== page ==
Wethersfield Historical Society’s Stance Against Discrimination and Oppression

It is Wethersfield Historical Society’s goal to truthfully report historical events. The society (“WHS”) is committed to diversity and inclusiveness in all of its programming and welcomes new members to work with us to achieve this goal.

WHS recognizes the need to do more with respect to its programs on Black, Indigenous, and Women’s history in Wethersfield and stands committed to do so.   Outlined below are some of the ways we have promoted the diversity of our community in the past, followed by some specifics on our commitment to do more going forward.

Programs Highlighting Wethersfield’s Historical and Current Diversity:

  • Lantern Light Tours: Volunteer actors perform reenactments of individuals (often people that history books overlook) based on historical record. We received an Award of Merit from the Connecticut League of Historical Organizations for the tour “Forgotten Residents of Wethersfield” featuring female, Black and Indigenous people who were members of our community in the past.
  • “Here we Stand: from Pyquag to Wethersfield and Beyond”: This four-program series explored some of the Indigenous history and culture in Wethersfield guided by highly respected Indigenous presenters. (See program flyer here)
  • “Holidays of Wethersfield’s World”: This exhibit explored diverse holidays celebrated by local residents with the displays created by the residents themselves.  WHS created this exhibit in collaboration with the UCONN Extension Program- People Empowering People (PEP).  (See Courant article here).

WHS welcomes everyone to its programs and exhibits through:

  • Free of charge access: Access to our museums and most of our programs are either free of charge or low cost.
  • Free or low-cost school programs: WHS offers programs to schools in Wethersfield and throughout the greater Hartford area. Our grant funded programs with “Reaching Beyond the Classroom” support field trips, and in-classroom or virtual programming for underserved urban schools.  Our programs also include scholarly information about both Black and Indigenous history.

WHS commitment to doing more:

  • Wethersfield History exhibit: WHS has completed a planning project to rewrite its over twenty year old permanent exhibit on Wethersfield history. The project was funded by the Connecticut Humanities and the Robert Allan Keeney Memorial Fund at the Hartford Foundation for Public Giving.   It is our goal that this new exhibit will fill in missing information about the history of Wethersfield’s Black and Indigenous population.  We received invaluable assistance on this project from the Mashantucket Pequot Museum and our State Historian Walt Woodward. WHS will work toward the goal of mounting this new exhibit which tells a more complete story of Wethersfield’s history.  We continue to invite and welcome all members of the community to contribute narratives, images and objects that help us more accurately and fully reflect the whole history of Wethersfield in our exhibits.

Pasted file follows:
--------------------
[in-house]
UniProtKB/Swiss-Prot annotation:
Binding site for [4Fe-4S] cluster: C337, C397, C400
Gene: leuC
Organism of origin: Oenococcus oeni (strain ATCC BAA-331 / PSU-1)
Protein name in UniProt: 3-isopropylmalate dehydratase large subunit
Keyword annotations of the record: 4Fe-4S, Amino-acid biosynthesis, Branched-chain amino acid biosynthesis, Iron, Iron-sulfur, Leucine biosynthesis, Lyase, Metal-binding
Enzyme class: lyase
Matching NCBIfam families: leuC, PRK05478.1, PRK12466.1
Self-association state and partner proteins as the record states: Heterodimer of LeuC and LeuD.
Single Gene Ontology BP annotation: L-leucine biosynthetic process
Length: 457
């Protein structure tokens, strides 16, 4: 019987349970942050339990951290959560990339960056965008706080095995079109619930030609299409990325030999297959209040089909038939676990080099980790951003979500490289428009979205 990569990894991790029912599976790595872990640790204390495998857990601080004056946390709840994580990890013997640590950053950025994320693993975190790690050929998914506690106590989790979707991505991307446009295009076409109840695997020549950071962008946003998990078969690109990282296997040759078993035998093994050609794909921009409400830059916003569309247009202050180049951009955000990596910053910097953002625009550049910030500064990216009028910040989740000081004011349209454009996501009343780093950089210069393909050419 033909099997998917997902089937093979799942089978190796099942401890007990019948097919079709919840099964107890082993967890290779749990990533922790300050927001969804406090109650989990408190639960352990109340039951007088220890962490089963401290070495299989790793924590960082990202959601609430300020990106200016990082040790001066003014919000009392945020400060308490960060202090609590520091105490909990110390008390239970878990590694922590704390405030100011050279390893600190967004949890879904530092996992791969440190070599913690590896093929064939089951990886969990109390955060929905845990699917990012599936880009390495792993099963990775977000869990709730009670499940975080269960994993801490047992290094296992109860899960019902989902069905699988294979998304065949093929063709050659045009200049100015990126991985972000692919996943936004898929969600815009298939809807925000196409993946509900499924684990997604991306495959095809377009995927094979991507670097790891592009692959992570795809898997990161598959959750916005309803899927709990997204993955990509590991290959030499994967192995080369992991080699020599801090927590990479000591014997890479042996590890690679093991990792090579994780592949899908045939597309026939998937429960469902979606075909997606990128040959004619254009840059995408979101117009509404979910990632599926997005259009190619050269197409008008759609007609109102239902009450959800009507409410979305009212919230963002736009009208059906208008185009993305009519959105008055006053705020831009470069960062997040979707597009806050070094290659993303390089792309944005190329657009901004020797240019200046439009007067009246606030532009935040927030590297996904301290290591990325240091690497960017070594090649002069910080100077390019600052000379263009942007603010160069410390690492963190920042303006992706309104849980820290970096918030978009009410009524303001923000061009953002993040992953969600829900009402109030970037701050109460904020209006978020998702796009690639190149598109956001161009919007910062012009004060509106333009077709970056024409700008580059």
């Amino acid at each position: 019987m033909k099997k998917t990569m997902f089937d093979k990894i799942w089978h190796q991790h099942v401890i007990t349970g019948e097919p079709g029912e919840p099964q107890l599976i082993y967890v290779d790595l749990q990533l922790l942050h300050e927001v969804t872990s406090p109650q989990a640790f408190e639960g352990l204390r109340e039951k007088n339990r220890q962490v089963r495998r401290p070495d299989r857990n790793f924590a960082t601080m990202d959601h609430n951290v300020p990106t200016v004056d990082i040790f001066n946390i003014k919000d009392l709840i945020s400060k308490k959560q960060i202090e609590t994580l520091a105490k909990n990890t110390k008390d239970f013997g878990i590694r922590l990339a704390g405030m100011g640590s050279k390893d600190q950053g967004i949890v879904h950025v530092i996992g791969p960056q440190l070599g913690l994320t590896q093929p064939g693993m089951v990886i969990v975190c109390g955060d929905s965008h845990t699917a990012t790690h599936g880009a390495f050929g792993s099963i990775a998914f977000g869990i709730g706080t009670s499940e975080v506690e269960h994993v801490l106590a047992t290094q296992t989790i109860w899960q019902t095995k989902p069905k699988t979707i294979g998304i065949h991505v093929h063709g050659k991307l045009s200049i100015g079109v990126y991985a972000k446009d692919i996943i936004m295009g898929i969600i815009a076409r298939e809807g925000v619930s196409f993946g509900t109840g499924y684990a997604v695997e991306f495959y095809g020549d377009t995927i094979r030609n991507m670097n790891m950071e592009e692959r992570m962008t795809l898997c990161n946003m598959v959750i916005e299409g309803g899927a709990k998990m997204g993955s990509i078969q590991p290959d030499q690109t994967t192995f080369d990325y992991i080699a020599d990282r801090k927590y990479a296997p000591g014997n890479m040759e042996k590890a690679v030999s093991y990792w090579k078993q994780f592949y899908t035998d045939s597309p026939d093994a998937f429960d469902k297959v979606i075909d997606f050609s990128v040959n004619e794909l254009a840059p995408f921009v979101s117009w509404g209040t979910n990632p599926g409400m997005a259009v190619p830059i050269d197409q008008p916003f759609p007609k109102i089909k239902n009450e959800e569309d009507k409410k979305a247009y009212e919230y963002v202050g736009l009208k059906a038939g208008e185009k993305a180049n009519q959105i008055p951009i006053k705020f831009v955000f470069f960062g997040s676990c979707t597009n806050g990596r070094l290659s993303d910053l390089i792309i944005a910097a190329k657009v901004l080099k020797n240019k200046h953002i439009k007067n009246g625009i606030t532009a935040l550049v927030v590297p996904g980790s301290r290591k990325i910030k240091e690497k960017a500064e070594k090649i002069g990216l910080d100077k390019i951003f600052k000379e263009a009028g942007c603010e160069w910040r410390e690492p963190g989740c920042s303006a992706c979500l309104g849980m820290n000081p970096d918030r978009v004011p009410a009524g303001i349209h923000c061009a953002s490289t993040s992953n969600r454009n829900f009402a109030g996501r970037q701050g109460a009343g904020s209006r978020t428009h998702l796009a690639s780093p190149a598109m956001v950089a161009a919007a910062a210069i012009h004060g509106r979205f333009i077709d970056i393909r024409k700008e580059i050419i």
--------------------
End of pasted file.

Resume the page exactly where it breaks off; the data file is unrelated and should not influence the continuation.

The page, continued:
• “Wethersfield Women”: This new exhibit will debut this fall and feature modern and historic women, including entrepreneurs, social reformers, historic preservationists, educators and elected officials.  We are actively seeking nominations, information and supporting artifacts of women past and present who have impacted Wethersfield.  You can submit nominations and supporting materials here.
  • “Articles from the Community” webpage: During the pandemic, we have sought to engage our community to contribute to this section of our website.  Some of its current content was written many years ago and does not thoroughly document facts regarding Wethersfield’s Black and Indigenous people.  WHS is committed to reviewing these articles and adding sections that fill in the missing pieces.  WHS is also committed to seeking and producing new scholarly articles with sources that more fully reflect the diversity of Wethersfield’s history.
  • Social media content that showcases the rich and diverse makeup of our community: WHS will work to include more diverse content in our digital presence. Our Educator has produced a series of educational videos and accompanying scavenger hunts that include the history of the roles of Black and Indigenous people in our community.  WHS pledges to work with our funders and partner organizations to invite local Black and Indigenous historians and artists to create content that we can promote through social media and our website.
  • Wethersfield’s Social Justice Coalition: The Town of Wethersfield has formed a newly created Social Justice Coalition to determine more ways Wethersfield can be responsive to its community’s needs and goals for diversity and inclusion. WHS pledges to work with this coalition to promote its goals.

WHS is a community organization, and all of the content in its collection comes from our residents and neighbors.  The objects and images in our collections, and all of the manuscripts in our archives have been donated to us by community members or their descendants. We actively invite our community members to help build our collections with information that helps to tell the story of Wethersfield and its history.

When we say “History Happens Every Day” we mean it.  Every member of our community deserves to be seen and heard and we are committed to make that happen every day.